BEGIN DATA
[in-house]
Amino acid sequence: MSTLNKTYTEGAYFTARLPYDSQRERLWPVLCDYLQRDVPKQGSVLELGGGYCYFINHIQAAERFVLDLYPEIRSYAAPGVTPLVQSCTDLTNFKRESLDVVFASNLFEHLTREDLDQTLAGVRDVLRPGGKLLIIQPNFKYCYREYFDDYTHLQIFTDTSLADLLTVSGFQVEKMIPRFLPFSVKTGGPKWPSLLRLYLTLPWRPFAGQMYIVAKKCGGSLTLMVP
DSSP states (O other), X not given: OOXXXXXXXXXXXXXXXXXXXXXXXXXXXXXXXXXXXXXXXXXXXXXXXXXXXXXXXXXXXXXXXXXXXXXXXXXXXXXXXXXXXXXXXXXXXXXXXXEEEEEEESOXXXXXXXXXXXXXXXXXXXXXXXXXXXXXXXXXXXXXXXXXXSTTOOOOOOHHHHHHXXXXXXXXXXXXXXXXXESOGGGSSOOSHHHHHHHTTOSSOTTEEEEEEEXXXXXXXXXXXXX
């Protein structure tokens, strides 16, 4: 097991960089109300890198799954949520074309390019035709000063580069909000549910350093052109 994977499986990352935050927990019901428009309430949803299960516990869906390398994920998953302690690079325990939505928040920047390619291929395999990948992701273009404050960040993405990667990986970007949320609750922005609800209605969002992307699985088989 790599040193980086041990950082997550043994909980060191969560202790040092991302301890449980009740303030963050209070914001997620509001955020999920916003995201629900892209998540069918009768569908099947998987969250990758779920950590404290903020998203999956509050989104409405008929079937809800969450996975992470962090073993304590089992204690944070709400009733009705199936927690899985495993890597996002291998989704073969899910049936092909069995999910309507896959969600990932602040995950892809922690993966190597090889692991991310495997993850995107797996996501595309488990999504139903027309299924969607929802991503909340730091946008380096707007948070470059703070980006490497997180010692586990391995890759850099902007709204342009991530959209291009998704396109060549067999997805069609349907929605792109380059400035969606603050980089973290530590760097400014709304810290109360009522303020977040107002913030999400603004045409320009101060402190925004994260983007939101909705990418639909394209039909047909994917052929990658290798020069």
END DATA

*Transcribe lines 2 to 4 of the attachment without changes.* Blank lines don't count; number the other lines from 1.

Amino acid sequence: MSTLNKTYTEGAYFTARLPYDSQRERLWPVLCDYLQRDVPKQGSVLELGGGYCYFINHIQAAERFVLDLYPEIRSYAAPGVTPLVQSCTDLTNFKRESLDVVFASNLFEHLTREDLDQTLAGVRDVLRPGGKLLIIQPNFKYCYREYFDDYTHLQIFTDTSLADLLTVSGFQVEKMIPRFLPFSVKTGGPKWPSLLRLYLTLPWRPFAGQMYIVAKKCGGSLTLMVP
DSSP states (O other), X not given: OOXXXXXXXXXXXXXXXXXXXXXXXXXXXXXXXXXXXXXXXXXXXXXXXXXXXXXXXXXXXXXXXXXXXXXXXXXXXXXXXXXXXXXXXXXXXXXXXXEEEEEEESOXXXXXXXXXXXXXXXXXXXXXXXXXXXXXXXXXXXXXXXXXXSTTOOOOOOHHHHHHXXXXXXXXXXXXXXXXXESOGGGSSOOSHHHHHHHTTOSSOTTEEEEEEEXXXXXXXXXXXXX
């Protein structure tokens, strides 16, 4: 097991960089109300890198799954949520074309390019035709000063580069909000549910350093052109 994977499986990352935050927990019901428009309430949803299960516990869906390398994920998953302690690079325990939505928040920047390619291929395999990948992701273009404050960040993405990667990986970007949320609750922005609800209605969002992307699985088989 790599040193980086041990950082997550043994909980060191969560202790040092991302301890449980009740303030963050209070914001997620509001955020999920916003995201629900892209998540069918009768569908099947998987969250990758779920950590404290903020998203999956509050989104409405008929079937809800969450996975992470962090073993304590089992204690944070709400009733009705199936927690899985495993890597996002291998989704073969899910049936092909069995999910309507896959969600990932602040995950892809922690993966190597090889692991991310495997993850995107797996996501595309488990999504139903027309299924969607929802991503909340730091946008380096707007948070470059703070980006490497997180010692586990391995890759850099902007709204342009991530959209291009998704396109060549067999997805069609349907929605792109380059400035969606603050980089973290530590760097400014709304810290109360009522303020977040107002913030999400603004045409320009101060402190925004994260983007939101909705990418639909394209039909047909994917052929990658290798020069």